Captain Brian Clarke Cumberland, 1st/5th Battalion, the Bedfordshire Regiment
Remembering the Fallen: on this day in 1915, Captain Brian Clarke Cumberland, 1st/5th Battalion, the Bedfordshire Regiment, was killed in action on Kidney Hill at Suvla, Gallipoli.
The only son of a land agent and auctioneer, he was educated at St. George’s boarding school in Harpenden in Hertfordshire. He went on to pass the exams required to become a member of the Auctioneers & Surveyors Institute, and joined the family business. He also joined his father’s Masonic Lodge, and was well known locally as an exceptional tennis player and golfer.
In 1911 he enlisted in the 5th Battalion of the Bedforshire Regiment, being promoted to lieutenant in May of 1913, and then to captain on the 29th of August, 1914. The 5th was at that time a Territorial Force battalion, which had been raised as a Rifle Volunteer Battalion in 1860, becoming the 5th (Territorial) Battalion in 1908. They were embodied (becoming full-time instead of part-time) at the outbreak of the Great War and at first provided home defence in East Anglia and on the Norfolk coast. They became the 1st/5th when the 2nd/5th was raised in October, 1914; the 3rd/5th following on in June, 1915.
On the 6th of August, 1915, British forces opened a new front on the Gallipoli peninsular, their intention being to break the deadlock at Helles and Anzac Cove. They made new landings at Suvla Bay in order to take the surrounding hills, attack the Turks from the rear and achieve victory. Captain Cumberland’s regiment landed at Suvla Bay on the 12th of August. Three days later he was leading his company in a charge up the crest towards Kidney Hill when he was shot in the head, dying instantly.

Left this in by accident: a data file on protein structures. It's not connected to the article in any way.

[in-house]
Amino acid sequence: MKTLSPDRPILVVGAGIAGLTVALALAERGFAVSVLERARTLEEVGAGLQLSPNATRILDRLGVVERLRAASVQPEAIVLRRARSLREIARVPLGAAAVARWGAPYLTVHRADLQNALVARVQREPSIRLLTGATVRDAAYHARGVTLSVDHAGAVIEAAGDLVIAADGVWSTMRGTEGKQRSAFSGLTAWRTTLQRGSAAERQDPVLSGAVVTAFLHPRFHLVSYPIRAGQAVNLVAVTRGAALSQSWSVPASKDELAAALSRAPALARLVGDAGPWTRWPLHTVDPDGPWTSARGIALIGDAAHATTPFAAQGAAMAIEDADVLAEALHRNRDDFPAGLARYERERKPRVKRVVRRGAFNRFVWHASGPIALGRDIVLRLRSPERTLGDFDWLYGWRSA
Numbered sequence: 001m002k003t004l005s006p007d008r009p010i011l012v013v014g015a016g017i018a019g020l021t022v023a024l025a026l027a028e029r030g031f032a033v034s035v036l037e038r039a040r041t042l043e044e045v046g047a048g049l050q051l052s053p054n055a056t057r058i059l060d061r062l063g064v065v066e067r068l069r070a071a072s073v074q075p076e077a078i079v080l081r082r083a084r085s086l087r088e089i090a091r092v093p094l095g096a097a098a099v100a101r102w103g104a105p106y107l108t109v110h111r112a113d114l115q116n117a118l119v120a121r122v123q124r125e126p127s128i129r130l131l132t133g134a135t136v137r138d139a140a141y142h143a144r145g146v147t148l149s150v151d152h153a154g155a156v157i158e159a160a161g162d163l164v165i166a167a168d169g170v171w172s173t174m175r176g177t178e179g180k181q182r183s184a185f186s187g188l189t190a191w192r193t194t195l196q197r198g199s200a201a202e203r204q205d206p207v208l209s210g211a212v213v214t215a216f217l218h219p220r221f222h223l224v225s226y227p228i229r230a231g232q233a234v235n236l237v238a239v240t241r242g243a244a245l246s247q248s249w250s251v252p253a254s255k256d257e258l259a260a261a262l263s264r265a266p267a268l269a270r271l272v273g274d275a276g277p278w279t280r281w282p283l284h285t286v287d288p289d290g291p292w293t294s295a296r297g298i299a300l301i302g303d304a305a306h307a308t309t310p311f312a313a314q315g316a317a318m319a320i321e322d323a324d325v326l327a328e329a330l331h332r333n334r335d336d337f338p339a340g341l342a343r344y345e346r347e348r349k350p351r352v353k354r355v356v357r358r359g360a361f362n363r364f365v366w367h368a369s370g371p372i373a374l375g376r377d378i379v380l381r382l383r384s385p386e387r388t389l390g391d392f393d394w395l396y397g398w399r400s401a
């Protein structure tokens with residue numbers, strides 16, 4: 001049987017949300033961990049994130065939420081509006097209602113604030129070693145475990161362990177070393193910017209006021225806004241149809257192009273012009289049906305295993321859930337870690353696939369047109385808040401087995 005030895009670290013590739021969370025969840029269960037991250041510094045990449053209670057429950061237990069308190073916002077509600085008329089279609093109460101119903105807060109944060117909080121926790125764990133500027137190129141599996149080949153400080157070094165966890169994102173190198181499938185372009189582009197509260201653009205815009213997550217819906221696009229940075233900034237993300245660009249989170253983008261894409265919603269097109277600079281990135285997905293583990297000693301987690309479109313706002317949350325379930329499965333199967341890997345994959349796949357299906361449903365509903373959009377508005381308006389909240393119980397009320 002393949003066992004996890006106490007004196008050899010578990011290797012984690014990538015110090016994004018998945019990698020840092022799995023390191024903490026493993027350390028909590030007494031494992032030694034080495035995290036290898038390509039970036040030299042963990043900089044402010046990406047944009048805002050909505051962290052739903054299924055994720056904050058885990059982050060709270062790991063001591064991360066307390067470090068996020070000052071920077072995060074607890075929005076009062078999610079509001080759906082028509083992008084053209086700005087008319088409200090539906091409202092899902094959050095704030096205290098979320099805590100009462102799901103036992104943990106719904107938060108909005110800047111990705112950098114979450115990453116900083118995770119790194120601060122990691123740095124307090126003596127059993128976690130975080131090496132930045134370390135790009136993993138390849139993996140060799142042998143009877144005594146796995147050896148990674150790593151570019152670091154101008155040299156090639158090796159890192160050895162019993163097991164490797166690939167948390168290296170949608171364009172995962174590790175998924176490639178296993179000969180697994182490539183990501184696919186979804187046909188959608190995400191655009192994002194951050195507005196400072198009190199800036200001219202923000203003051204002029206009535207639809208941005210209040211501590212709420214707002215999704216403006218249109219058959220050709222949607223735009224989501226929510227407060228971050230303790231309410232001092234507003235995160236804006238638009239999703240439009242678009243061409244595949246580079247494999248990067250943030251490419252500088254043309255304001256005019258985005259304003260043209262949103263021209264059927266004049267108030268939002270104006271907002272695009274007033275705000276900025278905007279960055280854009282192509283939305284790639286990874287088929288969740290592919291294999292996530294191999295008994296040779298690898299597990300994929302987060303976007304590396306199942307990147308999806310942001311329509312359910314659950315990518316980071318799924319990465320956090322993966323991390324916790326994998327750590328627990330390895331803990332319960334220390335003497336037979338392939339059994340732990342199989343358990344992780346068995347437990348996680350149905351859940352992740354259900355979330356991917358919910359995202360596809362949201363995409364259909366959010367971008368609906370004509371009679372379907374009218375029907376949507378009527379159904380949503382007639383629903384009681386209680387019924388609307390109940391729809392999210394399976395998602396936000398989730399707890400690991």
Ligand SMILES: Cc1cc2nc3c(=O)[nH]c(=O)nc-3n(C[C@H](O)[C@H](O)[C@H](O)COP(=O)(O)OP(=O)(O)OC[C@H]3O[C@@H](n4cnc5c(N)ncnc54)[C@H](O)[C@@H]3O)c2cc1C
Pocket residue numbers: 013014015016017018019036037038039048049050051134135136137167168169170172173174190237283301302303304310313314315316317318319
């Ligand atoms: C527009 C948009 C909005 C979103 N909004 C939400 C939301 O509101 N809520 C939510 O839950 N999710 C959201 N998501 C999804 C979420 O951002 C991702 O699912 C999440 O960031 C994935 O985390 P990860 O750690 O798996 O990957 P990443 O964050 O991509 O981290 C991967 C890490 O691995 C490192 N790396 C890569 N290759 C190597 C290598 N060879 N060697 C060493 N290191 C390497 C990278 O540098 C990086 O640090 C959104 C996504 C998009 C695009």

An officer from the London Regiment wrote: “A Company, superbly led by Brian Cumberland had borne the brunt of the first bayonet charge. Kidney Hill was to prove different as his company were all but shattered during the attack that followed. After a brief pause for reorganisation, the Bedfords gathered themselves and formed up for the attack on the 2nd and more difficult objective of Kidney Hill. As soon as the Bedfords left their trenches to form up for the second advance, they came under heavy fire. It was so bad that one company recorded that it was 'led from the outset by a Private' as all Officers and NCO's became casualties in the opening minutes of the 2nd attack’”.
Private Horace Manton of Captain Cumberland’s company wrote: “We'd got no cover at all. One of the lieutenants was going aside of me. We were in open formation. He got shot while we were going up the hill, I said: 'Do you need any help Sir?' He said: 'No, carry on, don’t break the line'. We got to the top and then we got blasted by shrapnel. I saw my cousin get killed in front of me. He was crying when he got shot. It killed him anyhow; he was only sixteen. How I missed it I don't know, shrapnel was flying all the time”.
Captain Cumberland is buried in the Azmak Cemetery at Suvla, and his father erected a memorial to him in the Crawley Green Road cemetery in Luton. From Dunstable in Bedfordshire, he was 26 years old.